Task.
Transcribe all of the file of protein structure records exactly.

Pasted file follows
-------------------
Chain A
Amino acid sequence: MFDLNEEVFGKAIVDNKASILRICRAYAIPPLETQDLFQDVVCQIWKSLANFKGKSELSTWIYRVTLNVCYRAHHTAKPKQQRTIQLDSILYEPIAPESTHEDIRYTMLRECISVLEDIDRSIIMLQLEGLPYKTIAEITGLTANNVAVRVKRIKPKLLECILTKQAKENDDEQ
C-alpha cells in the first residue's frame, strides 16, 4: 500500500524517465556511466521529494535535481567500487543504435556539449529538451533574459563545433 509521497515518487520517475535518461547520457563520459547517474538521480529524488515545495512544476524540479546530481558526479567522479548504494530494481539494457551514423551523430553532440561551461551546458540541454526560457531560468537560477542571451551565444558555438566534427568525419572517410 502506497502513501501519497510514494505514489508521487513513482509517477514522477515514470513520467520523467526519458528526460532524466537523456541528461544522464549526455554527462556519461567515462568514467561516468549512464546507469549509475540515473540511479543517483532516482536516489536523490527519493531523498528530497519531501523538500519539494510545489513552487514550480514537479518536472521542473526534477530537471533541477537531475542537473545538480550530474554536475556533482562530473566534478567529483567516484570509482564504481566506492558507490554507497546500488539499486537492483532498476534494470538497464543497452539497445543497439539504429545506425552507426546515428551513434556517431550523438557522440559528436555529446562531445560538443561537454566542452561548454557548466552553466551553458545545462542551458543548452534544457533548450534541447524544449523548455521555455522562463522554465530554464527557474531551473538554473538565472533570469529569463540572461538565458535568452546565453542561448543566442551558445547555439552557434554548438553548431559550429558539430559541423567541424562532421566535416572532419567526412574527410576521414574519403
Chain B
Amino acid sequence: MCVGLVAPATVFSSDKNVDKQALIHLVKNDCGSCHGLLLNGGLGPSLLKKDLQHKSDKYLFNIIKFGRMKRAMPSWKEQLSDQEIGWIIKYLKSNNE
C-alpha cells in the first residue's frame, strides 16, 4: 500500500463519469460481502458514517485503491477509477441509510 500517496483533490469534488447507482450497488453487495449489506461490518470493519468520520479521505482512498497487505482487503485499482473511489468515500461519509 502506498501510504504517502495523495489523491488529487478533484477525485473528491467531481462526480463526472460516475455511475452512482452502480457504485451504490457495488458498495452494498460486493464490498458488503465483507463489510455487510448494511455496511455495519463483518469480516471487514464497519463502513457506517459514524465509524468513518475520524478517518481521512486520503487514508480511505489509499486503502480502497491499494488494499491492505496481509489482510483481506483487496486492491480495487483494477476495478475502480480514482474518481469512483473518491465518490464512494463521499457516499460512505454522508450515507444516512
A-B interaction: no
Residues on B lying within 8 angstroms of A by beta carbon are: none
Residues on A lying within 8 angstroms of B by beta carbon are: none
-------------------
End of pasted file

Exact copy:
Chain A
Amino acid sequence: MFDLNEEVFGKAIVDNKASILRICRAYAIPPLETQDLFQDVVCQIWKSLANFKGKSELSTWIYRVTLNVCYRAHHTAKPKQQRTIQLDSILYEPIAPESTHEDIRYTMLRECISVLEDIDRSIIMLQLEGLPYKTIAEITGLTANNVAVRVKRIKPKLLECILTKQAKENDDEQ
C-alpha cells in the first residue's frame, strides 16, 4: 500500500524517465556511466521529494535535481567500487543504435556539449529538451533574459563545433 509521497515518487520517475535518461547520457563520459547517474538521480529524488515545495512544476524540479546530481558526479567522479548504494530494481539494457551514423551523430553532440561551461551546458540541454526560457531560468537560477542571451551565444558555438566534427568525419572517410 502506497502513501501519497510514494505514489508521487513513482509517477514522477515514470513520467520523467526519458528526460532524466537523456541528461544522464549526455554527462556519461567515462568514467561516468549512464546507469549509475540515473540511479543517483532516482536516489536523490527519493531523498528530497519531501523538500519539494510545489513552487514550480514537479518536472521542473526534477530537471533541477537531475542537473545538480550530474554536475556533482562530473566534478567529483567516484570509482564504481566506492558507490554507497546500488539499486537492483532498476534494470538497464543497452539497445543497439539504429545506425552507426546515428551513434556517431550523438557522440559528436555529446562531445560538443561537454566542452561548454557548466552553466551553458545545462542551458543548452534544457533548450534541447524544449523548455521555455522562463522554465530554464527557474531551473538554473538565472533570469529569463540572461538565458535568452546565453542561448543566442551558445547555439552557434554548438553548431559550429558539430559541423567541424562532421566535416572532419567526412574527410576521414574519403
Chain B
Amino acid sequence: MCVGLVAPATVFSSDKNVDKQALIHLVKNDCGSCHGLLLNGGLGPSLLKKDLQHKSDKYLFNIIKFGRMKRAMPSWKEQLSDQEIGWIIKYLKSNNE
C-alpha cells in the first residue's frame, strides 16, 4: 500500500463519469460481502458514517485503491477509477441509510 500517496483533490469534488447507482450497488453487495449489506461490518470493519468520520479521505482512498497487505482487503485499482473511489468515500461519509 502506498501510504504517502495523495489523491488529487478533484477525485473528491467531481462526480463526472460516475455511475452512482452502480457504485451504490457495488458498495452494498460486493464490498458488503465483507463489510455487510448494511455496511455495519463483518469480516471487514464497519463502513457506517459514524465509524468513518475520524478517518481521512486520503487514508480511505489509499486503502480502497491499494488494499491492505496481509489482510483481506483487496486492491480495487483494477476495478475502480480514482474518481469512483473518491465518490464512494463521499457516499460512505454522508450515507444516512
A-B interaction: no
Residues on B lying within 8 angstroms of A by beta carbon are: none
Residues on A lying within 8 angstroms of B by beta carbon are: none